Aircraft flying

I WRITE in response to the article you published on October 1, from a John Hunter regarding aircraft flying over Nailsea. Firstly you state Mr Hunter is chairman of Nailsea LAT. What is Nailsea LAT, what is

I WRITE in response to the article you published on October 1, from a John Hunter regarding aircraft flying over Nailsea.

Firstly you state Mr Hunter is chairman of Nailsea LAT. What is Nailsea LAT, what is its constitution and aims or what does it do, who are its members and are they qualified to comment on the safety of aircraft flights?

Secondly, what does Mr Hunter see as the danger of aircraft flying over Nailsea?

Thirdly Mr Hunter states: "There are more serious accidents involving light aircraft than there are with airliners in the UK." I would doubt the validity of this statement. Bearing in mind a light aircraft will usually carry up to four people and an airliner, say 250-300 people, an airliner crash would involve more casualties on the aircraft and on the ground, than any light aircraft. I wonder which accident the other residents of Nailsea would consider the 'more serious'.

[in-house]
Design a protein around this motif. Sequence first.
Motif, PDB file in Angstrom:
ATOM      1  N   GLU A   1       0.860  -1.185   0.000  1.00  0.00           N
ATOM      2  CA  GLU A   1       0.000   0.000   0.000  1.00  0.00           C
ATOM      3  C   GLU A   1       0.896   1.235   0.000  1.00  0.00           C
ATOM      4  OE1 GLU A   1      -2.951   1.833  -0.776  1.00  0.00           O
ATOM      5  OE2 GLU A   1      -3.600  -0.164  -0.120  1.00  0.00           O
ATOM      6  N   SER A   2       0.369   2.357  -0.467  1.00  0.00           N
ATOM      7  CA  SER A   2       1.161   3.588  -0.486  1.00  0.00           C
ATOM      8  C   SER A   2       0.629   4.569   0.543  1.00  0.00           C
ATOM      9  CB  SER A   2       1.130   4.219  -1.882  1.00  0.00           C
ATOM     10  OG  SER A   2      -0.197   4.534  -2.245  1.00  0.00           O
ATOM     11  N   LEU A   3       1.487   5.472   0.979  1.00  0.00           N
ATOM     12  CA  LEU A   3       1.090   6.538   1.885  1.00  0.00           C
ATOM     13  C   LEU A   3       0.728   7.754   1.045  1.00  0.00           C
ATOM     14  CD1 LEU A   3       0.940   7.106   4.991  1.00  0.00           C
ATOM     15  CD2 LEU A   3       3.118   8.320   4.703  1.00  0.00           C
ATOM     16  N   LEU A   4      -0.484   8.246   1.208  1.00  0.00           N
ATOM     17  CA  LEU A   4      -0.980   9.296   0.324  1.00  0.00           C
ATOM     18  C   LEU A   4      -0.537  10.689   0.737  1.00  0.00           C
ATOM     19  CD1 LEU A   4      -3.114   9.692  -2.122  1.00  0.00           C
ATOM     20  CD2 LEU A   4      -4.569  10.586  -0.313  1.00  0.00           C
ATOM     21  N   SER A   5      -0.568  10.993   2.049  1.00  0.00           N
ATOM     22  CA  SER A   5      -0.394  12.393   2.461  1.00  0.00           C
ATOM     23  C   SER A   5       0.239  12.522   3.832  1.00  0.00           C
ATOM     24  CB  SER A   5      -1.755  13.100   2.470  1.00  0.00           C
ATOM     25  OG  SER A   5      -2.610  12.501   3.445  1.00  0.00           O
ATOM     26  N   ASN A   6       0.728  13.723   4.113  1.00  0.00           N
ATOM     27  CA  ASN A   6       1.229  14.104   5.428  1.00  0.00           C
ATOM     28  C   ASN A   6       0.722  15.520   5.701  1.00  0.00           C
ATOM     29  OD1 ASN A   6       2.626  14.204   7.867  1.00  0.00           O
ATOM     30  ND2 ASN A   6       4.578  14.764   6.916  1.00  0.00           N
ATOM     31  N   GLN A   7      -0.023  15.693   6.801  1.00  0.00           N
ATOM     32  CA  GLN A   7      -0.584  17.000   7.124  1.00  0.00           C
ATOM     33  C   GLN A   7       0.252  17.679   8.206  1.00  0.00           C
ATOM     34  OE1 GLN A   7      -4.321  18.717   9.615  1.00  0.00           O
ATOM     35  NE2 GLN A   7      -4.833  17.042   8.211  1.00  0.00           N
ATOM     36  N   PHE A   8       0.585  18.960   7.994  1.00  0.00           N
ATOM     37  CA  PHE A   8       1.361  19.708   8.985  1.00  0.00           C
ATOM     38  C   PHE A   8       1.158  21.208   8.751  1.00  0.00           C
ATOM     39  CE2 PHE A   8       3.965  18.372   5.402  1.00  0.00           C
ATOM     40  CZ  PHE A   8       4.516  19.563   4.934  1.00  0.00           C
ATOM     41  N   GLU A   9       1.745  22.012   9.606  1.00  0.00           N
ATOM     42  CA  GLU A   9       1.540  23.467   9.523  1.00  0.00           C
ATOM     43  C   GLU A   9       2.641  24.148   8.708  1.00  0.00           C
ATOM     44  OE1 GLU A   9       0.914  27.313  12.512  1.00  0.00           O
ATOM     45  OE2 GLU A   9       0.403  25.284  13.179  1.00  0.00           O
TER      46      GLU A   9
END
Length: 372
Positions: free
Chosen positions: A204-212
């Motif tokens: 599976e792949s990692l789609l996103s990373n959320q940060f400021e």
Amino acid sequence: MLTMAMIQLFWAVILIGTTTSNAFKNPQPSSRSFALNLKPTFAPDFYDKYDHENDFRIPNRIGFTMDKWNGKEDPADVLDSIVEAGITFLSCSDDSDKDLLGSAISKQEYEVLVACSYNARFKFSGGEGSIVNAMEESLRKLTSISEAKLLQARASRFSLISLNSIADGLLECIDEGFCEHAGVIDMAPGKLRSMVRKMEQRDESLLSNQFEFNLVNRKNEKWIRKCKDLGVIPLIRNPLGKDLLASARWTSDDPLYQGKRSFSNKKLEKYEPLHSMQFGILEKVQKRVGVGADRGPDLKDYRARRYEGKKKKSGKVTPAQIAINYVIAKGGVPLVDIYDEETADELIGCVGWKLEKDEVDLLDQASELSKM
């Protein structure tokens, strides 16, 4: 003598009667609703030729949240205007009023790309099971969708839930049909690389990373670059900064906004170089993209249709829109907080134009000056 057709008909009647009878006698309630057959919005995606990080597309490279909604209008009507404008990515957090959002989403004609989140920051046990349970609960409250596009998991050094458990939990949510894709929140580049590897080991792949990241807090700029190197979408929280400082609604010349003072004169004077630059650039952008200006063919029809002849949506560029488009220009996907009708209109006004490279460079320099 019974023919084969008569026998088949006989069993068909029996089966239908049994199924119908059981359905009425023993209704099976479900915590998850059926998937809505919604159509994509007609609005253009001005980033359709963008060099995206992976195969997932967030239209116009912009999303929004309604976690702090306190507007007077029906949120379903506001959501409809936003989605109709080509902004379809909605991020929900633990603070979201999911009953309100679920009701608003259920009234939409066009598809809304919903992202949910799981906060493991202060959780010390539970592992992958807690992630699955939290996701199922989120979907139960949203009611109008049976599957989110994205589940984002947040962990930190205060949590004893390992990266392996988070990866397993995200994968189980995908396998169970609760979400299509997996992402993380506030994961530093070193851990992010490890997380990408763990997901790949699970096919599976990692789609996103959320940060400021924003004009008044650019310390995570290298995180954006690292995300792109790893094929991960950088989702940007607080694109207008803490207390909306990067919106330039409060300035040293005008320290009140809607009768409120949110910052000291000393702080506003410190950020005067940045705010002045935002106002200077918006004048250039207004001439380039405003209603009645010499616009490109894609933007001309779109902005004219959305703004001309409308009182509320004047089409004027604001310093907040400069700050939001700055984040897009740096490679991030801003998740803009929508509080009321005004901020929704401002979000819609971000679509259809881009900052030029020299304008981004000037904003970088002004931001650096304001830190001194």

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Fourthly last paragraph regarding aircraft flying above 1,000 feet above a built up area, is incorrect and misleading. If Mr Hunter feels inclined to quote such rules he should study Rule 5 of the Rules of the Air and get the facts reported correctly.

If Mr Hunter, or anyone else would like more information about the safety issues regarding flying over built up areas I would be happy to quote rule 5 of the rules of the air, chapter and verse.

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TONY DAVEY - Ilminster Close, Nailsea

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